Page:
As supported decision-making is a relatively recent legislative innovation, there is no standard model for it, and indeed there are many differences of approach as to its appropriate and effective implementation. Limited forms of supported decision-making have been implemented in some Canadian jurisdictions, including Alberta, British Columbia, the Yukon and Manitoba.

There are a few elements common across models, however. First, supported decision-making does not require a finding of lack of capacity: in fact, the intent of a supported decision-making arrangement is to avoid any such finding or assessment. The focus of supported decision-making is not on the presence or lack of particular mental attributes, but on the supports and accommodations that can be provided to assist individuals in exercising control over decisions that affect them. Secondly, in supported decision-making arrangements, legal responsibility for the decision remains with the supported individual. The supported individuals retain control over their decisions, and those decisions are theirs, and not their supporters’. Thirdly, supported decision-making arrangements are based on consent. An imposed arrangement is antithetical to the notion of supported decision-making: these arrangements must be entered into freely in order to function. Finally, supported decision-making is based on relationships of trust and intimacy. For supported decision-making to function, any supporter must have significant personal knowledge of the individual, in order to assist her or him in understanding and consequentializing her or his values and preferences.

There are very significant differences among proponents of supported decision-making regarding for whom such arrangements are appropriate, with some taking the position that legal capacity is a basic right, and cannot be removed regardless of the circumstances, even where support must be total. Others see supported decision-making as a type of accommodation in which various types of supports are provided to enable the person at the centre to in effect make the decision themselves (with differing viewpoints as to what “making the decision” means in this context). This approach accepts that in some cases, individuals will be unable to make their own decisions, regardless of the amount of support that is provided, and that in those circumstances, practically speaking, another person must make the decision, although that decision must take into account the fundamental dignity and personhood of the individual on whose behalf it is made. That is, in some circumstances, something that resembles what we currently call substitute decision-making is inevitable, although there should be an emphasis on ensuring that this is truly a last resort.

Critiques of supported decision-making focus on concerns about clarity, certainty and accountability for third-parties who are asked to rely on decisions made through supported decision-making arrangements, risks for abuse and misuse of such arrangements, the merits of formalizing what some perceive to be an inherently informal approach to decision-making, and whether these types of arrangements are appropriate for all those currently falling under capacity and guardianship laws.

Co-decision-making has been less widely explored than supported decision-making. Currently, both Alberta and Saskatchewan provide access to some form of co-decision-making. Under such arrangements, joint decision-making between the adult and the appointed co-decision-maker is mandated, such that the individual only has capacity when the co-decision-maker provides assistance. A key concern is that co-decision-making creates an inherently unequal partnership, so that the appointed co-decision-maker may heavily influence the decision of the individual. As a result, co-decision-making arrangements might not differ all that substantially from substitute decision-making. In addition, these types of arrangements may be susceptible to abuse. As well, the complexity of these novel arrangements may lead to confusion.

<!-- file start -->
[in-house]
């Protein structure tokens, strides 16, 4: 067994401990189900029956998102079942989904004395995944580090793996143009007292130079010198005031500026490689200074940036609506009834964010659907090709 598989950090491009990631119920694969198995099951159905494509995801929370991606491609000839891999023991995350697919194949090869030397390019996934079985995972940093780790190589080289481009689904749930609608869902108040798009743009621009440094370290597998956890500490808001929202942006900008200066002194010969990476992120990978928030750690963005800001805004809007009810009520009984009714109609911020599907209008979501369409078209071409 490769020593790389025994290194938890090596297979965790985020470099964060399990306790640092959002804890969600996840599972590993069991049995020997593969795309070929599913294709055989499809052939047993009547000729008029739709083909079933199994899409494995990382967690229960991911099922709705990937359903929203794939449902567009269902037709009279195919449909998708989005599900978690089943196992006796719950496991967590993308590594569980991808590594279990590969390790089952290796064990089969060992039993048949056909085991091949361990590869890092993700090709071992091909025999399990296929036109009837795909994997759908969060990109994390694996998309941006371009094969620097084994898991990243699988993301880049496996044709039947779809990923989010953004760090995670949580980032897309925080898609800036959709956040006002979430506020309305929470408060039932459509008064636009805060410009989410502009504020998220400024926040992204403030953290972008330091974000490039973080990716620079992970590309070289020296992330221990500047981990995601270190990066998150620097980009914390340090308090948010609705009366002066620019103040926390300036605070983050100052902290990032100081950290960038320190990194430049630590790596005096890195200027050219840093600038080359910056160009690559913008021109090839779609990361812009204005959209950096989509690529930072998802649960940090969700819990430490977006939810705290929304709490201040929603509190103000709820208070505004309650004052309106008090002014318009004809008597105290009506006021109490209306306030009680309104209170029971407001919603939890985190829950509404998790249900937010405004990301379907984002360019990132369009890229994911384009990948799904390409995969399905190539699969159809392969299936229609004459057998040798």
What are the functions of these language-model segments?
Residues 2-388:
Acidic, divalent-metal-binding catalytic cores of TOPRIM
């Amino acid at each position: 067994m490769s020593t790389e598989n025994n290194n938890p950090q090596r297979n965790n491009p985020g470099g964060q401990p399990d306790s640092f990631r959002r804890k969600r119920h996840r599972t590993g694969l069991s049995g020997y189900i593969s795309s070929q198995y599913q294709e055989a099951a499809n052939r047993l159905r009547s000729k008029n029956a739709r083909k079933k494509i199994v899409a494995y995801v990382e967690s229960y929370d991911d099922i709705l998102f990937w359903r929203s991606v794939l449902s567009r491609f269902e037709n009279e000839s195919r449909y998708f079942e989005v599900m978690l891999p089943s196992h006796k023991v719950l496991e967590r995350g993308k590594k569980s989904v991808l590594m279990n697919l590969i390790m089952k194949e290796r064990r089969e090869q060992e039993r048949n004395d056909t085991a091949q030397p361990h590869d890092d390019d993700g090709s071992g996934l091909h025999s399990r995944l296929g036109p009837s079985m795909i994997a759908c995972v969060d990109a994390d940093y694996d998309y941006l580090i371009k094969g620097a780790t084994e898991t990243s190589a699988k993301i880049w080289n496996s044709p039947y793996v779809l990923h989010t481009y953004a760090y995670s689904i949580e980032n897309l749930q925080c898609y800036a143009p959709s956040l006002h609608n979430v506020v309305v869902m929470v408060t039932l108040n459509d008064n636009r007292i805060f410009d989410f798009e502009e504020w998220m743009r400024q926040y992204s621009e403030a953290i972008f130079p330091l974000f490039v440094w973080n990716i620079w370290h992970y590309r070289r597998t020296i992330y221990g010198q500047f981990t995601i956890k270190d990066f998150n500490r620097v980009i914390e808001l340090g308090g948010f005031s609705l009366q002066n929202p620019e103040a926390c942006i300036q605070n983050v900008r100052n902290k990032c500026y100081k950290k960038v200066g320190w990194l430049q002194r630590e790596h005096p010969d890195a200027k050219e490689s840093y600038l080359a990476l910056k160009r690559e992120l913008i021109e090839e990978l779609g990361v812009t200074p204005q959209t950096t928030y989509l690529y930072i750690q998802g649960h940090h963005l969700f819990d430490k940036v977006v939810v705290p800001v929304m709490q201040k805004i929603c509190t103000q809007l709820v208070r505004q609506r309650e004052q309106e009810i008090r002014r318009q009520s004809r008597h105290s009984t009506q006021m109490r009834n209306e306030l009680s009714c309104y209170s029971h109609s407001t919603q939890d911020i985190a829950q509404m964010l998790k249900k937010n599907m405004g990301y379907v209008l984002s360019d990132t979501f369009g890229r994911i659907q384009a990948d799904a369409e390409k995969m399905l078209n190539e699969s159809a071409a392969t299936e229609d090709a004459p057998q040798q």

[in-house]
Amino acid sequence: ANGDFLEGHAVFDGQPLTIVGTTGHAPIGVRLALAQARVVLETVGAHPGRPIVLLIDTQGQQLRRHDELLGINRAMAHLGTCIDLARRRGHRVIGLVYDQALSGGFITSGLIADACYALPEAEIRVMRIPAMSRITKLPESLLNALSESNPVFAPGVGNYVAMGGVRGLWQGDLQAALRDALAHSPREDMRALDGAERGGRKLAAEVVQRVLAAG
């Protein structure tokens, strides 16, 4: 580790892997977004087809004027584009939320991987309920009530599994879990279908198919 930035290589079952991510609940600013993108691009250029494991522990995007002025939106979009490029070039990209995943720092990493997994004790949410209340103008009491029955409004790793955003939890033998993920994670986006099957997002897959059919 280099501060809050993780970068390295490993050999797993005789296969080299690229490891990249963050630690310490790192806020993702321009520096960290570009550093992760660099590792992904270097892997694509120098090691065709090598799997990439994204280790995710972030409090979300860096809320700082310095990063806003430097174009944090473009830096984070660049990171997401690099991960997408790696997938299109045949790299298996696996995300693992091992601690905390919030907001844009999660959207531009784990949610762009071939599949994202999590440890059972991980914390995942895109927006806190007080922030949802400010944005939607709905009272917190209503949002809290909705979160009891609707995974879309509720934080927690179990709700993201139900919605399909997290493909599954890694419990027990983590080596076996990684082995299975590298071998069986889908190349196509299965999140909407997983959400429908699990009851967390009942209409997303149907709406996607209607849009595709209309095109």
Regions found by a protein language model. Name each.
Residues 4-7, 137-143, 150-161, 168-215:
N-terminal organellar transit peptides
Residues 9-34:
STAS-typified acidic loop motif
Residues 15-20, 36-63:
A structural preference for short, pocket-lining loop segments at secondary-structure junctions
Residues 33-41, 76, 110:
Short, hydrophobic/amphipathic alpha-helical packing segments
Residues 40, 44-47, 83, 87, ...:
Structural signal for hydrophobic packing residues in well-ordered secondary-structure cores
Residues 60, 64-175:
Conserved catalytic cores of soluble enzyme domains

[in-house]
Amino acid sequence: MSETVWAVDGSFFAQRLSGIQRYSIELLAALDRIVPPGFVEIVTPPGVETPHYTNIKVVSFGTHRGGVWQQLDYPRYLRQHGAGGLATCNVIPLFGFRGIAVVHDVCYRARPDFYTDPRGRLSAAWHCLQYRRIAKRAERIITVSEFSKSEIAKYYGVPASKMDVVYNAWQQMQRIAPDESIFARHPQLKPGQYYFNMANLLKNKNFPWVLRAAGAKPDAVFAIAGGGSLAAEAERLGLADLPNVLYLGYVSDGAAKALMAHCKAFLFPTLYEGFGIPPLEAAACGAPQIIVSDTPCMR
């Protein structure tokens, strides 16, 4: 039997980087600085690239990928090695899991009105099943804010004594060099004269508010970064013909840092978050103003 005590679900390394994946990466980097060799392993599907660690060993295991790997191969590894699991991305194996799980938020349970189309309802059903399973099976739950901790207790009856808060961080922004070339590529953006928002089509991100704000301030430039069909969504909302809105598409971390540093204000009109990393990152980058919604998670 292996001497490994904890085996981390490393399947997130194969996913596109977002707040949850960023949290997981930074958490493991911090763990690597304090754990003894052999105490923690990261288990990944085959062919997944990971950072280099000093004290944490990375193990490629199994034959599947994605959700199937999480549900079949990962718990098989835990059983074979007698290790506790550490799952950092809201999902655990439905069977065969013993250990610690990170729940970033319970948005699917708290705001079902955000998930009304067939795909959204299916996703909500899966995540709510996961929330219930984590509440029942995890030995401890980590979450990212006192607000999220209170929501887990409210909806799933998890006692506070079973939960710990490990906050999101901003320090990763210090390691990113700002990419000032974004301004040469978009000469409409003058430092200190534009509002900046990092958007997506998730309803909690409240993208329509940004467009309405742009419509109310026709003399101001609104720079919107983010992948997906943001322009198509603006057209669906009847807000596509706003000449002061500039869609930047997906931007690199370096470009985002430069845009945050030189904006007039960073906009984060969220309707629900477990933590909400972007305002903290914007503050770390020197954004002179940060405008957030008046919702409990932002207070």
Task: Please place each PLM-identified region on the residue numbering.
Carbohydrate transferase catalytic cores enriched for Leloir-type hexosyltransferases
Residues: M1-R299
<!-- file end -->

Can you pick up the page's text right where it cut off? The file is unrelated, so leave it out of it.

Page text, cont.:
Currently, the vast majority of those acting as substitute decision-makers (SDMs) under Ontario law are family and friends of the person who requires assistance with decision-making. Trust companies may act as SDMs in some circumstances. As well, the Public Guardian and Trustee (PGT) will act as a decision-maker of last resort, and as a statutory guardian of property. The court may also appoint the PGT as temporary guardian following a “severe adverse effects” investigation. 

Demographic and social trends mean that fewer individuals have family and close friends who are able and willing to act for them, and who could appropriately fill the role. As well, the responsibilities associated with acting as an SDM are significant, and many individuals would find it challenging to fill these roles well. Chapter VI reviews current law as to who may act as an SDM in Ontario, and considers some options for expanding who may act in these circumstances, as well as highlighting the need for better supports for family and friends who act in these roles. Options for expanding who may act include:

Professional fiduciaries: some jurisdictions have created a specialized licensed profession of fiduciaries, who may act under powers of attorney.  Professional fiduciaries might be seen as an appealing source of substitute decision-making in two circumstances.  Where individuals have no trusting relationship with an appropriate person who is willing and able to act on their behalf, professional fiduciaries might be an alternative to the PGT. As well, some might find the idea of a professional fiduciary appealing because their specialized focus gives them the opportunity to develop experience and expertise in fulfilling this role.  However, without extensive regulation, there may be considerable risk in allowing professionals access to the funds or persons of individuals who may be very vulnerable due to a combination of disability and social isolation.